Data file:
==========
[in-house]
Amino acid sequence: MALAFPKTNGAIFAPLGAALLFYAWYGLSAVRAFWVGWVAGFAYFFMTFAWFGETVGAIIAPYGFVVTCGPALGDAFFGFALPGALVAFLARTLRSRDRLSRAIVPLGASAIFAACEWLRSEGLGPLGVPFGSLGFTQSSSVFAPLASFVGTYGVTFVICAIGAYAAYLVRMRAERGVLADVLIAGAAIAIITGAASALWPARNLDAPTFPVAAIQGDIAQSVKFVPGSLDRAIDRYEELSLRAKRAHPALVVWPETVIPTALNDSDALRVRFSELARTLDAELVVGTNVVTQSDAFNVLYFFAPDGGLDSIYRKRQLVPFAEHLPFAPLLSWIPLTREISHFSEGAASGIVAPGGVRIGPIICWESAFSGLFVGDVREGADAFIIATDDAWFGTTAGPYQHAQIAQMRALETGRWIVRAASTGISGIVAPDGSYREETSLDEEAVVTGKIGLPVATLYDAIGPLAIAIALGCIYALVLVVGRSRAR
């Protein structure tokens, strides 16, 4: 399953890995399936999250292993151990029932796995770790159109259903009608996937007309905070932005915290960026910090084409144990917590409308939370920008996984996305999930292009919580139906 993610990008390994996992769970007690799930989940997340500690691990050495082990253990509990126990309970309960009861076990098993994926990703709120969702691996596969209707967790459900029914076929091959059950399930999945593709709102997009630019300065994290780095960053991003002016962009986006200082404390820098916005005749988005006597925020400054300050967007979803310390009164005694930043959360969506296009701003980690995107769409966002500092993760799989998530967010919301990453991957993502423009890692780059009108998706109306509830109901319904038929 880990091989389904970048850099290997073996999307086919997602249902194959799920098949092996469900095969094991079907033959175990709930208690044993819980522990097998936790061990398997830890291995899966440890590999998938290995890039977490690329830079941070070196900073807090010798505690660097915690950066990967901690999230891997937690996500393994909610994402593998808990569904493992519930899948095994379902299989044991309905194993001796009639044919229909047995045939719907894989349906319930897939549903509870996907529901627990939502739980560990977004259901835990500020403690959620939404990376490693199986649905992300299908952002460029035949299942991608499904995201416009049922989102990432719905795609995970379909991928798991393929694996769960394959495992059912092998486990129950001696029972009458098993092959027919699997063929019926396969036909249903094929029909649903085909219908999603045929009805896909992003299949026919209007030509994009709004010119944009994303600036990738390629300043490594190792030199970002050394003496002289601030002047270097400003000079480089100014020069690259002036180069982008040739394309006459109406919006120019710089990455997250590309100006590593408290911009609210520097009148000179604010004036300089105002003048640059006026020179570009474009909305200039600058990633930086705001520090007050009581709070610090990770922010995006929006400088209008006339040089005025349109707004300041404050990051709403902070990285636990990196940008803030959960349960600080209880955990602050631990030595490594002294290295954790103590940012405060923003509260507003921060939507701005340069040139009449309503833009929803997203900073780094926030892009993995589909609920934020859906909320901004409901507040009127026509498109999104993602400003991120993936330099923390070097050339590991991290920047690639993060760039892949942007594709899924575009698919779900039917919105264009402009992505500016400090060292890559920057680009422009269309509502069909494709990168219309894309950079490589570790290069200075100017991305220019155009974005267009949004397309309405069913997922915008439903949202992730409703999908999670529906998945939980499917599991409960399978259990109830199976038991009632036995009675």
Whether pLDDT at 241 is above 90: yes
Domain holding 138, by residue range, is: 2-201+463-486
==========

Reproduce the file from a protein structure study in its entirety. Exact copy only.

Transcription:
[in-house]
Amino acid sequence: MALAFPKTNGAIFAPLGAALLFYAWYGLSAVRAFWVGWVAGFAYFFMTFAWFGETVGAIIAPYGFVVTCGPALGDAFFGFALPGALVAFLARTLRSRDRLSRAIVPLGASAIFAACEWLRSEGLGPLGVPFGSLGFTQSSSVFAPLASFVGTYGVTFVICAIGAYAAYLVRMRAERGVLADVLIAGAAIAIITGAASALWPARNLDAPTFPVAAIQGDIAQSVKFVPGSLDRAIDRYEELSLRAKRAHPALVVWPETVIPTALNDSDALRVRFSELARTLDAELVVGTNVVTQSDAFNVLYFFAPDGGLDSIYRKRQLVPFAEHLPFAPLLSWIPLTREISHFSEGAASGIVAPGGVRIGPIICWESAFSGLFVGDVREGADAFIIATDDAWFGTTAGPYQHAQIAQMRALETGRWIVRAASTGISGIVAPDGSYREETSLDEEAVVTGKIGLPVATLYDAIGPLAIAIALGCIYALVLVVGRSRAR
């Protein structure tokens, strides 16, 4: 399953890995399936999250292993151990029932796995770790159109259903009608996937007309905070932005915290960026910090084409144990917590409308939370920008996984996305999930292009919580139906 993610990008390994996992769970007690799930989940997340500690691990050495082990253990509990126990309970309960009861076990098993994926990703709120969702691996596969209707967790459900029914076929091959059950399930999945593709709102997009630019300065994290780095960053991003002016962009986006200082404390820098916005005749988005006597925020400054300050967007979803310390009164005694930043959360969506296009701003980690995107769409966002500092993760799989998530967010919301990453991957993502423009890692780059009108998706109306509830109901319904038929 880990091989389904970048850099290997073996999307086919997602249902194959799920098949092996469900095969094991079907033959175990709930208690044993819980522990097998936790061990398997830890291995899966440890590999998938290995890039977490690329830079941070070196900073807090010798505690660097915690950066990967901690999230891997937690996500393994909610994402593998808990569904493992519930899948095994379902299989044991309905194993001796009639044919229909047995045939719907894989349906319930897939549903509870996907529901627990939502739980560990977004259901835990500020403690959620939404990376490693199986649905992300299908952002460029035949299942991608499904995201416009049922989102990432719905795609995970379909991928798991393929694996769960394959495992059912092998486990129950001696029972009458098993092959027919699997063929019926396969036909249903094929029909649903085909219908999603045929009805896909992003299949026919209007030509994009709004010119944009994303600036990738390629300043490594190792030199970002050394003496002289601030002047270097400003000079480089100014020069690259002036180069982008040739394309006459109406919006120019710089990455997250590309100006590593408290911009609210520097009148000179604010004036300089105002003048640059006026020179570009474009909305200039600058990633930086705001520090007050009581709070610090990770922010995006929006400088209008006339040089005025349109707004300041404050990051709403902070990285636990990196940008803030959960349960600080209880955990602050631990030595490594002294290295954790103590940012405060923003509260507003921060939507701005340069040139009449309503833009929803997203900073780094926030892009993995589909609920934020859906909320901004409901507040009127026509498109999104993602400003991120993936330099923390070097050339590991991290920047690639993060760039892949942007594709899924575009698919779900039917919105264009402009992505500016400090060292890559920057680009422009269309509502069909494709990168219309894309950079490589570790290069200075100017991305220019155009974005267009949004397309309405069913997922915008439903949202992730409703999908999670529906998945939980499917599991409960399978259990109830199976038991009632036995009675």
Whether pLDDT at 241 is above 90: yes
Domain holding 138, by residue range, is: 2-201+463-486